Rosetta LeNoire

Personal Information
Rosetta was born in the heart of the Hell’s Kitchen neighborhood of New York City on August 8, 1911. When Rosetta was only fifteen, she got a job as a chorus girl working with her godfather, Bill “Bojangles” Robinson. Her singing teacher and mentor was Eubie Blake. In 1939, she made her Broadway debut in Mike Todd’s The Hot Mikado, the first all African-American production to grace the Great White Way. She was a member of Orson Welles’ all-black version of the WPA MacBeth. Other Broadway productions include A Streetcar Named Desire, The Sunshine Boys, Lost in the Stars, Destry Rides Again, I Had A Ball, Sophie, The Royal Family, Blues for Mr. Charley, You Can't Take it with You and the revival of Cabin in the Sky. Rosetta portrayed Stella in Anna Lucasta on for two years on Broadway, as well as in the film version with Sammy Davis Jr. and Eartha Kitt. Rosetta went on to perform on such television hits as Benny’s Place with Louis Gossett, Jr., Search for Tomorrow, The Guiding Light, Amen, A World Apart, Amen and played Nell Carter’s mother in Gimme A Break. Rosetta’s film credits include Moscow on the Hudson, The Sunshine Boys, Playing for Keeps, Daniel, Whatever it Takes, and Brewster’s Millions. For eight years, Rosetta portrayed Mother Winslow on Family Matters. In 1968, Rosie founded Amas Musical Theatre (“you love” in Latin), a non- profit, multiracial theatrical organization devoted to the creation, development, and professional production of original musicals and to the training and encouragement of new musical theatre talent. On Amas Musical Theatre, Rosie has said: “I produce musicals. Music is one avenue where no one seems to have any discriminatory attitudes. Theatre techniques are a marvelous implement to bring people of all races, color and creeds together. You don’t worry about what color is; all you care about is the end product.” Rosetta received the Kennedy Center Black Playwright’s Award for Excellence in developing new works, the Richard L. Coe Award for extending the boundaries of theatre. In 1985, Archbishop John J. O’Connor presented Rosetta with the Pierre Toussaint Medallion. In September 1999, Rosetta’s unique contribution was further recognized by President and Mrs. Clinton when they honored her as a recipient of the 1999 National Medal of Arts. Rosetta has also been memorialized by Actor’s Equity Association by establishing an annual award in her name. This award is given to producers who follow in the multiracial tradition began by Rosetta. According to the late Colleen Dewhurst, then President of Actor’s Equity, Rosetta received this honor “in recognition of her outstanding artistic contributions to the universality of the human experience in the American Theatre.”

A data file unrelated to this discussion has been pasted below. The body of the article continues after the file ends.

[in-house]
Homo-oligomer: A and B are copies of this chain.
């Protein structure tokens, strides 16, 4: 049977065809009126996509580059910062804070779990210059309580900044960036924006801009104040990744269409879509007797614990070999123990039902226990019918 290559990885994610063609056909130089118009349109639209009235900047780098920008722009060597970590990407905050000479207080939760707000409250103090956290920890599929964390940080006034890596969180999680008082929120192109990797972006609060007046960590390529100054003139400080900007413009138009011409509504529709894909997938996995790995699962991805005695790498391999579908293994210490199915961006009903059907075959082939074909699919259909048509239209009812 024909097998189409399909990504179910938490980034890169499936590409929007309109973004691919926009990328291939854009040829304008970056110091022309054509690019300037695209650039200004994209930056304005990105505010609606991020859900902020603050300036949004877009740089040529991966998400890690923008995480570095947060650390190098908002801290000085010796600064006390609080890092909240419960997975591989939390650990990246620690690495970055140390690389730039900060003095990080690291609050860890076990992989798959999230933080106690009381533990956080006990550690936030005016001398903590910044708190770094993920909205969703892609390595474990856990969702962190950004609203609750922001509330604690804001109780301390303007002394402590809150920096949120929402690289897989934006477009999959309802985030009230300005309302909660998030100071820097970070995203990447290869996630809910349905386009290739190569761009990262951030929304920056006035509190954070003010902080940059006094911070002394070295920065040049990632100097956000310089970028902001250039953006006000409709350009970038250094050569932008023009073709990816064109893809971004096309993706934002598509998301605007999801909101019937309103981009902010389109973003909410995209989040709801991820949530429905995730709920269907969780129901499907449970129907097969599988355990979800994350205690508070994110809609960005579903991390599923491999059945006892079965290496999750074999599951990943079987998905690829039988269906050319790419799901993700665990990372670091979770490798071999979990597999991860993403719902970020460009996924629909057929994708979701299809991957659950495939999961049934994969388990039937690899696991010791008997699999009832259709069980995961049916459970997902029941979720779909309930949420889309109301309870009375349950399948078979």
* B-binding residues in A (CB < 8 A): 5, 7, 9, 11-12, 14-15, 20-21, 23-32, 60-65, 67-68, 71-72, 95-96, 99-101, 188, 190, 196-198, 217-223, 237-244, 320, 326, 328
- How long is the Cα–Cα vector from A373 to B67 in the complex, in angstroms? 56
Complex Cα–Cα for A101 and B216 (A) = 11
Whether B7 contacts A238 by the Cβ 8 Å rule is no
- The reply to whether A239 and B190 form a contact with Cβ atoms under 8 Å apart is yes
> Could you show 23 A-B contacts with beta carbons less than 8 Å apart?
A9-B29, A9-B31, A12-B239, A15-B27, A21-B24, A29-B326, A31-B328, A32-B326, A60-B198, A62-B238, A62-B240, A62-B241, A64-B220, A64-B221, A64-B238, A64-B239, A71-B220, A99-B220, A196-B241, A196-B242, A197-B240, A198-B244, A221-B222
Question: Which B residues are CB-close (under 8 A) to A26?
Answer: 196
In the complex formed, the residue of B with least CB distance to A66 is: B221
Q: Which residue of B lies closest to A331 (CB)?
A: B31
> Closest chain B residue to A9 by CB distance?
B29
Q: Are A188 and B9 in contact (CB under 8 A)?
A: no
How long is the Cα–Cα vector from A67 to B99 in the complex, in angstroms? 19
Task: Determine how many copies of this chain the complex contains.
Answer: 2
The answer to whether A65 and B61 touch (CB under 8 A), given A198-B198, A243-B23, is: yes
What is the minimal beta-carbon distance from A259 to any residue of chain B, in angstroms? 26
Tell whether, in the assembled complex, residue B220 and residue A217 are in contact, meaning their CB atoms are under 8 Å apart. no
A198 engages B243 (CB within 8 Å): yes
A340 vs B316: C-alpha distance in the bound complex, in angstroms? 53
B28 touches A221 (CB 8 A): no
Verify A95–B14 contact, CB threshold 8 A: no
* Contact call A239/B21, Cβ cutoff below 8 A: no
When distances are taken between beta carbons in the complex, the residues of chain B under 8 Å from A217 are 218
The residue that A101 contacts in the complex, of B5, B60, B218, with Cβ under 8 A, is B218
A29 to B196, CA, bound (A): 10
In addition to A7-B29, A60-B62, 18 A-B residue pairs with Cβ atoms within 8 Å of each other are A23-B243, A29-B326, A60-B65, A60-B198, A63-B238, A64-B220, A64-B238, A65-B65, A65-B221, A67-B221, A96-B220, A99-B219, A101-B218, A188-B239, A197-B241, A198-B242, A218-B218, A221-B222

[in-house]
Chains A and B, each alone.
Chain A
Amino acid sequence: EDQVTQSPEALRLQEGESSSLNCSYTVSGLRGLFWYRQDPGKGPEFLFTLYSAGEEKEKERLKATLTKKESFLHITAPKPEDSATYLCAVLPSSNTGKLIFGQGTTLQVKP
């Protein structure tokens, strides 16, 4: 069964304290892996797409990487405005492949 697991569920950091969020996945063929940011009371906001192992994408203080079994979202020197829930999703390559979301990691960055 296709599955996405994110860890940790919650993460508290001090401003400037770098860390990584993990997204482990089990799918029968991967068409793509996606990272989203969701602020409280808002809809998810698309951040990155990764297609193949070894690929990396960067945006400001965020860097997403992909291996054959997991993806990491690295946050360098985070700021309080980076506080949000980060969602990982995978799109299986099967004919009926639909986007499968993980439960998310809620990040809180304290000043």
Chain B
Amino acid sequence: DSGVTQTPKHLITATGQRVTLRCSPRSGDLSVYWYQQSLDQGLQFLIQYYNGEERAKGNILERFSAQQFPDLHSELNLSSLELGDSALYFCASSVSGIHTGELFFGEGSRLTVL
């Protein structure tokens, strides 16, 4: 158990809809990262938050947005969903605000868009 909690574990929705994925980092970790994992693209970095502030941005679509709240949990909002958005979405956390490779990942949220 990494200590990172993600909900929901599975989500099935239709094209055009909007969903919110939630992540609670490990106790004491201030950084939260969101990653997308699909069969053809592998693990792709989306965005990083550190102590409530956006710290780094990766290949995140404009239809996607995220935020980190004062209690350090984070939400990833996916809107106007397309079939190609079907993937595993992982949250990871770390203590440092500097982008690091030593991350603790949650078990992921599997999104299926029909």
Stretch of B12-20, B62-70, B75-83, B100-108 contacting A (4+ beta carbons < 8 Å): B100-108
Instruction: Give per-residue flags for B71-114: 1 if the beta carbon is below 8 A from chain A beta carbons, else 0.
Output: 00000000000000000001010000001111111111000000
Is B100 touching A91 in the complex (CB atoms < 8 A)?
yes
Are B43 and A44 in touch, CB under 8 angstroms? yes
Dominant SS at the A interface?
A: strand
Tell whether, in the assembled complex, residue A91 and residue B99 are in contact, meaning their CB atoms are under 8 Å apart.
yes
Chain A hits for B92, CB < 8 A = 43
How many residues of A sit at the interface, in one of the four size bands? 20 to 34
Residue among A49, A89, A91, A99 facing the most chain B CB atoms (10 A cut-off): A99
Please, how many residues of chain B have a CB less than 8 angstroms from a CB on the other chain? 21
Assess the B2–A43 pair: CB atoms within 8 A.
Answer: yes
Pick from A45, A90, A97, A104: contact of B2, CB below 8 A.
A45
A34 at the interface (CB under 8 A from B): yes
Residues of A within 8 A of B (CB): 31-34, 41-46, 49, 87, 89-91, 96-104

Production Theatre Opened Credit
1 Cabin in the Sky Greenwich Mews Theatre 01/21/1964 Petunia Jackson
2 Clandestine on the Morning Line Actors' Playhouse 10/30/1961 N/A
3 Double Entry Martinique Theatre 02/20/1961 Grandmother (Bible Salesman)
4 Double Entry Martinique Theatre 02/20/1961 Madame Scarlatina (Oldest Trick)
5 Take A Giant Step Jan Hus Playhouse 09/25/1956 Christine
6 Cry the Beloved Country Lucille Lortel Theatre 05/15/1956 N/A

Production Theatre Opened Credit
1 Lone Star Love John Houseman Theatre 12/08/2004 Founder
Award Production Function
1 WON 1991 Lucille Lortel Award, Lifetime Achievement Award